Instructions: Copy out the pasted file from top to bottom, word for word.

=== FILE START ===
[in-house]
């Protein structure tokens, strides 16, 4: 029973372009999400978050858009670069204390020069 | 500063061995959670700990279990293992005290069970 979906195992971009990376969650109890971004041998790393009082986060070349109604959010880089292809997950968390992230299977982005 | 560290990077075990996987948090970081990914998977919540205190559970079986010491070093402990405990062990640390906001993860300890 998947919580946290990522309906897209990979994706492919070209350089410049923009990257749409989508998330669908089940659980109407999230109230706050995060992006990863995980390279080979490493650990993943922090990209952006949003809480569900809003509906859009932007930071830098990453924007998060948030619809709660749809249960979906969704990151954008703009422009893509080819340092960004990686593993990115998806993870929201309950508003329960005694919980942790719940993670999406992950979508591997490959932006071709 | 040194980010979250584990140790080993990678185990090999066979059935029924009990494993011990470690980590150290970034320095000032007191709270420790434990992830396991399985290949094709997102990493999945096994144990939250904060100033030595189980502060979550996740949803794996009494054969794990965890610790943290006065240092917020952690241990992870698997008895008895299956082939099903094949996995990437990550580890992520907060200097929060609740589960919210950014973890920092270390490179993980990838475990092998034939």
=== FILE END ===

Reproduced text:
[in-house]
């Protein structure tokens, strides 16, 4: 029973372009999400978050858009670069204390020069 | 500063061995959670700990279990293992005290069970 979906195992971009990376969650109890971004041998790393009082986060070349109604959010880089292809997950968390992230299977982005 | 560290990077075990996987948090970081990914998977919540205190559970079986010491070093402990405990062990640390906001993860300890 998947919580946290990522309906897209990979994706492919070209350089410049923009990257749409989508998330669908089940659980109407999230109230706050995060992006990863995980390279080979490493650990993943922090990209952006949003809480569900809003509906859009932007930071830098990453924007998060948030619809709660749809249960979906969704990151954008703009422009893509080819340092960004990686593993990115998806993870929201309950508003329960005694919980942790719940993670999406992950979508591997490959932006071709 | 040194980010979250584990140790080993990678185990090999066979059935029924009990494993011990470690980590150290970034320095000032007191709270420790434990992830396991399985290949094709997102990493999945096994144990939250904060100033030595189980502060979550996740949803794996009494054969794990965890610790943290006065240092917020952690241990992870698997008895008895299956082939099903094949996995990437990550580890992520907060200097929060609740589960919210950014973890920092270390490179993980990838475990092998034939």